5 June 2012
Don’t stop with Corona
The National Union of Peoples’ Lawyers (NUPL) welcomes the verdict to convict Chief Justice Renato Corona of betrayal of public trust and culpable violation of the Constitution as a step forward in holding the highest government officials accountable in the discharge of their functions.
The public interest and outcry for accountability and justice that had built up in the course of the impeachment trial demands now the determined and unrelenting pursuit of the prosecution of Corona should there be probable cause for criminal cases, and former President Gloria Macapagal-Arroyo, Ret. Gen. Jovito Palparan and other high public officials charged with plunder, human rights violations and other crimes committed while in office.
The decision in the long and arduous impeachment trial of Chief Justice Corona opens a new chapter in our legal and political history. Legally, it asserts and affirms the stern standards for public officials as provided in our statutes yet ignored or circumvented. In spite of the legal hair-splitting that Corona’s defence has thrown in the proceedings and the self-serving reading of the law, the verdict clarifies the interpretation of certain issues long obscured or distorted.
The defenses offered by Corona in failing to properly declare his Statement of Assets, Liabilities and Net worth (SALN) — the confidentiality of foreign currency deposit accounts and that he declared his SALN in good faith — are politically unsound and legally untenable arguments which will only allow corrupt public officials with a convenient excuse to explain possibly illegally acquired assets.
Politically, the conviction of Corona restores a semblance of government authority unto the people, whose interests has for so long been ignored by public officials that ought to be their representatives. The decision particularly strips of his august position a Chief Justice who is beholden to his patron Gloria — how unfortunate that Corona’s relationship and loyalty to the former president had not been duly exposed in his trial.
Article 7 (partiality in granting a temporary restraining order in favor of Arroyo’s travel) was compromised with its abrupt termination in order to accommodate the Aquino administration’s drive against corruption through disproportionately highlighting Article 2 (failure to declare his SALN as required in the constitution).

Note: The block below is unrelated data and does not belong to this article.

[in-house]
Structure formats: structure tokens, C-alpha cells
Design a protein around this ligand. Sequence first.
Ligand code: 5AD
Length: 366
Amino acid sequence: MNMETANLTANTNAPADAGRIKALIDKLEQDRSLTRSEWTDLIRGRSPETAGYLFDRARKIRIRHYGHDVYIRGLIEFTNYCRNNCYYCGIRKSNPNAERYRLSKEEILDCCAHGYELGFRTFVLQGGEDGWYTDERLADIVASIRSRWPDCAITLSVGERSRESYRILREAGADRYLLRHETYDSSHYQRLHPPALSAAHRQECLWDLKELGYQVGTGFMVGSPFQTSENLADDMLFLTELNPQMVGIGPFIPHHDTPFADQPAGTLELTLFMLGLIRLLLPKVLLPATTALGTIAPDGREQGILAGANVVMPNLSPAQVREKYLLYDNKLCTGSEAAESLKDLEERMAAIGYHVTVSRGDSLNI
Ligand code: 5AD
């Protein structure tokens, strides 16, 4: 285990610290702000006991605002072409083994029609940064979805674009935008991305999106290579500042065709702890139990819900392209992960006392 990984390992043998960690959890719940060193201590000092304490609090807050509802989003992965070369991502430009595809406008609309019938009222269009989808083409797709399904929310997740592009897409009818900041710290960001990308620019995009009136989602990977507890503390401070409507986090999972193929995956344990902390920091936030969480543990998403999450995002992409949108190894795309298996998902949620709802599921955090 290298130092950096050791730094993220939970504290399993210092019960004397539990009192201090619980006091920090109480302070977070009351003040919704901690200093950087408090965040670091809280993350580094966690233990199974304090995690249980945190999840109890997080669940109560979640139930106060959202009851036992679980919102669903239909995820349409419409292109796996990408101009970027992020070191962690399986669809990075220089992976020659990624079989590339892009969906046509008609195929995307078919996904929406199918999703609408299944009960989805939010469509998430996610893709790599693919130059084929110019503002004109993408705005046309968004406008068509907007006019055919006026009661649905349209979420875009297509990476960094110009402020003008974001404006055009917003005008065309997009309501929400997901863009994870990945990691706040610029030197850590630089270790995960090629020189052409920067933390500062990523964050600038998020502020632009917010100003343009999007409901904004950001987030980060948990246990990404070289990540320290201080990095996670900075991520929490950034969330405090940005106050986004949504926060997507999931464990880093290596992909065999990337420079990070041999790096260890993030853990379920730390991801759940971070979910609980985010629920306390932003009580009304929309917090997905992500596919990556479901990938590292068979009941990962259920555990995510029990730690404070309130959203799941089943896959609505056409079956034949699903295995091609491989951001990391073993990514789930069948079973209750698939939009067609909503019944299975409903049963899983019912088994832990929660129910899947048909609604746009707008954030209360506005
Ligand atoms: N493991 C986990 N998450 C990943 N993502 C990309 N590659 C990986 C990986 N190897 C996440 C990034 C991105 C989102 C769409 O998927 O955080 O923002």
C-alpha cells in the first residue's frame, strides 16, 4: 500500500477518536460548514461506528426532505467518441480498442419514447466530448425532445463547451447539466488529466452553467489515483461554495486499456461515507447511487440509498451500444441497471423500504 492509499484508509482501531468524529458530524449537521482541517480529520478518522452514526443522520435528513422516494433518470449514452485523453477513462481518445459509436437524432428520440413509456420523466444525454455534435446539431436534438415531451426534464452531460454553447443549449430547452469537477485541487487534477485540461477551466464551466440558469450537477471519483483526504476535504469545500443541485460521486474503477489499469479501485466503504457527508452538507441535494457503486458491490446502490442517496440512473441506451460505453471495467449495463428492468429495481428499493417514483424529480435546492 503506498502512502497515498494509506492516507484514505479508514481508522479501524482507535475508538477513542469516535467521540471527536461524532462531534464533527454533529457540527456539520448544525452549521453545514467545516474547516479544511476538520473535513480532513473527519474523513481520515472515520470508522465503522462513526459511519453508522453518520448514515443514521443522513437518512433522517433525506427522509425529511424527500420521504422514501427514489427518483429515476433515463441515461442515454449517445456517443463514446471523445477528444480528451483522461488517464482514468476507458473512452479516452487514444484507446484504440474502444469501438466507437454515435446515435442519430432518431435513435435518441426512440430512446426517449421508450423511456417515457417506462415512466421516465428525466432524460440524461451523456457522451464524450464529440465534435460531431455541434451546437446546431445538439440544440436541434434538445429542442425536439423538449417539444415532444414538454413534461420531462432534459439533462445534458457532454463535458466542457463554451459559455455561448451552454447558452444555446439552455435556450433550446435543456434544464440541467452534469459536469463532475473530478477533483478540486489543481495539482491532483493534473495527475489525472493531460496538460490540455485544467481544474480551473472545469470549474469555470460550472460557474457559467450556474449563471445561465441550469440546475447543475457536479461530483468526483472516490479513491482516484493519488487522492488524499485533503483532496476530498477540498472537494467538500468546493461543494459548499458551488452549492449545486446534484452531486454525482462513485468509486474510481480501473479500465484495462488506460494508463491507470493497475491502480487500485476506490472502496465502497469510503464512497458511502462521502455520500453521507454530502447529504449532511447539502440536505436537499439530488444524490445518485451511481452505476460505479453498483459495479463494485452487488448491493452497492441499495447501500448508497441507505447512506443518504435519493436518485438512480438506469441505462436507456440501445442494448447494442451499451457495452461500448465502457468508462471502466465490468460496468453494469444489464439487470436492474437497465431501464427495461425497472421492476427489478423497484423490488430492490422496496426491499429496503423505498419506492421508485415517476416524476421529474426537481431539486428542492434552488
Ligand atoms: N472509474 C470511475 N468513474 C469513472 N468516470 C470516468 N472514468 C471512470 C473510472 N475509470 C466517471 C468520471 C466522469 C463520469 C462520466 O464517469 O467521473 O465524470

The duplicity of the administration’s push for transparency in the government was revealed days after the conclusion of the impeachment trial with their unwillingness to waive the confidentiality of their bank accounts for whatever lame excuse they may have. Also frustrating is that the impeachment proceedings typified how moneyed and powerful litigants are treated with favor in courts of law when the body overbent backwards in dealing with the Chief Justice during the course of his testimony.
The challenge for us now is how this matter will define us in the future.
NUPL believes that the Senate decision outright demands that impeachable officers — among them the President — declare their complete SALN.
In an administration that keeps on mouthing ‘daang matuwid,’ it is only proper to expect that all members of the Cabinet, as alter egos of the President, make their SALN public, and to waive confidentiality over their domestic and foreign bank accounts and other assets lest they be branded as hypocrites. This is in order to breed a culture of conscious responsibility and public accountability of public officials.
To underscore his sincerity, President Noynoy Aquino must also show the same fervor in pursuing disciplinary cases against every other official who has not been honest, whether they may be friends and family, or even if he does not stand to gain advantage or satisfaction.
More particularly, President Aquino must step up the investigation and prosecution of former President Arroyo and her posse accused of cheating, stealing and violating the people’s rights. No other public official has earned such notoriety for skimming through and evading the law with pompous impunity. If President Aquino was able to marshal with marked fixation the whole government machinery towards the conviction of Corona, he should be equally able to muster all resources at his disposal to ensure that corrupt officials and callous human rights violators suffer the same fate.
Now that the dust has somewhat settled, perhaps the greatest lesson from this experience is that the people deserve a space in the debate.
Beyond the legalese and political colors, the people have also collectively recognized that the problem lies in the system, not simply people. The end of the impeachment hardly brings good news to the ordinary Filipino: wages are the same, consumer goods unaffordable to many and human rights are still being violated. Many people have participated in and followed the drama dubbed “Coronavela” if only for the chance, and mayhap the possibility, of change.
NUPL believes that the people are sharpening discernment and gaining the maturity to refuse to be pawns in the games of the elite and the ruling class. The entitlement in our Constitution is plain and clear: “Sovereignty resides in the people and all government authority emanates from them.”
Atty. Edre U. Olalia
NUPL Secretary General